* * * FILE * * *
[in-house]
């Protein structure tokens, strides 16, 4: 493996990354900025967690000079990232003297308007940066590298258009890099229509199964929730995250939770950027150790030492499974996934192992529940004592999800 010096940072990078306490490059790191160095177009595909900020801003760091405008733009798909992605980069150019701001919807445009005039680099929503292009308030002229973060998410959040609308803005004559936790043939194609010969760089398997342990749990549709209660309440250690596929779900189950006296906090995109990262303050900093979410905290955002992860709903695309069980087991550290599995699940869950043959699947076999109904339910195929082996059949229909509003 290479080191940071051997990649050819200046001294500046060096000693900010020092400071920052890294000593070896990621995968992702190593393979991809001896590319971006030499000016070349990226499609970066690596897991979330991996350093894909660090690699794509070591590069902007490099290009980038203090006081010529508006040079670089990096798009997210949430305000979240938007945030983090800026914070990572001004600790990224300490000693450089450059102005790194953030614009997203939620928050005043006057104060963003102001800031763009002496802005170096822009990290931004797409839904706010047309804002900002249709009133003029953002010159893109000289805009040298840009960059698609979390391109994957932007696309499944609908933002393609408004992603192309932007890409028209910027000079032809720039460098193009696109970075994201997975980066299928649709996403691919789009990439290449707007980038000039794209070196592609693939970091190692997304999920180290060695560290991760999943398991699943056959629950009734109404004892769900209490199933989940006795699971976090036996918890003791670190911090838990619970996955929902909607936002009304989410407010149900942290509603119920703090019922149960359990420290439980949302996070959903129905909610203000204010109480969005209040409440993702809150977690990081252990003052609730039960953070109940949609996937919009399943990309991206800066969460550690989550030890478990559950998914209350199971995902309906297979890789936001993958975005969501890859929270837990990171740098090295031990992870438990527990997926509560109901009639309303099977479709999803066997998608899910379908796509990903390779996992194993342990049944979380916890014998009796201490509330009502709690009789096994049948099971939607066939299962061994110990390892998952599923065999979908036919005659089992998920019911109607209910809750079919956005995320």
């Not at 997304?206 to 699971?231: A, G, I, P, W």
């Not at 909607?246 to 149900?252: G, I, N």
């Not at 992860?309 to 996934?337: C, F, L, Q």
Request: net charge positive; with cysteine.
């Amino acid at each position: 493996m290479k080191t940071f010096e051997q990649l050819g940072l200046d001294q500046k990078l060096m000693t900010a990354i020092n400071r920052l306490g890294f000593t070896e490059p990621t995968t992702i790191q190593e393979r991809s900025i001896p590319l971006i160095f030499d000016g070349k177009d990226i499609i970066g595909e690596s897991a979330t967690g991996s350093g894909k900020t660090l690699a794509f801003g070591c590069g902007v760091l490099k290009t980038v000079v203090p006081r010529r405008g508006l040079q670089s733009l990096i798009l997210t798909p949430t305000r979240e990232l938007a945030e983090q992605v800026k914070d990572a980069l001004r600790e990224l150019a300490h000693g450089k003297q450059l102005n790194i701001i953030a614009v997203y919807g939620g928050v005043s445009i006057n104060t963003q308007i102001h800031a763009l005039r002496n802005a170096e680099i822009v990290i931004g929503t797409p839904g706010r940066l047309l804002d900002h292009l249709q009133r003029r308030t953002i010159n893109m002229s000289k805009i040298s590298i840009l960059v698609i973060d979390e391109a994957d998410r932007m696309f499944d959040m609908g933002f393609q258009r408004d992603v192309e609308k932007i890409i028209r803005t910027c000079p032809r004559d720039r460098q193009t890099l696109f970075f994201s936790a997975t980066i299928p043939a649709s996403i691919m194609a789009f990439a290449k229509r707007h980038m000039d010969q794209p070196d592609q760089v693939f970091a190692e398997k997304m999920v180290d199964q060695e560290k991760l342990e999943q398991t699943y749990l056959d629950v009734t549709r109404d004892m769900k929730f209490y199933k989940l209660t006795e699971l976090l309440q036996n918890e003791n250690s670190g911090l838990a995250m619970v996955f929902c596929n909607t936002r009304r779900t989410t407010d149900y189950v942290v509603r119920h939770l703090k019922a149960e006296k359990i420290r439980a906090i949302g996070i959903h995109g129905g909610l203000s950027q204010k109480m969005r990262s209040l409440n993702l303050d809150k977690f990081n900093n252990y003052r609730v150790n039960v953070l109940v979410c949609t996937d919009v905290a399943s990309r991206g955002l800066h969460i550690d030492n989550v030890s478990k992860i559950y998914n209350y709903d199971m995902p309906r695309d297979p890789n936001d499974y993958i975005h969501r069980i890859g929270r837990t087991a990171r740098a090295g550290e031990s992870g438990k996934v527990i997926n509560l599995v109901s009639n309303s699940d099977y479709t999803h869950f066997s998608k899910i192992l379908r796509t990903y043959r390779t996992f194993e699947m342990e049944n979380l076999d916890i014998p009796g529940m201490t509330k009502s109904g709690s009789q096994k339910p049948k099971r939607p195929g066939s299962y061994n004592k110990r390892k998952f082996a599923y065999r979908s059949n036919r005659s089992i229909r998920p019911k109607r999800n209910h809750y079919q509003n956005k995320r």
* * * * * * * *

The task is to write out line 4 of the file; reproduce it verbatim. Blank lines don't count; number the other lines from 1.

């Not at 909607?246 to 149900?252: G, I, N």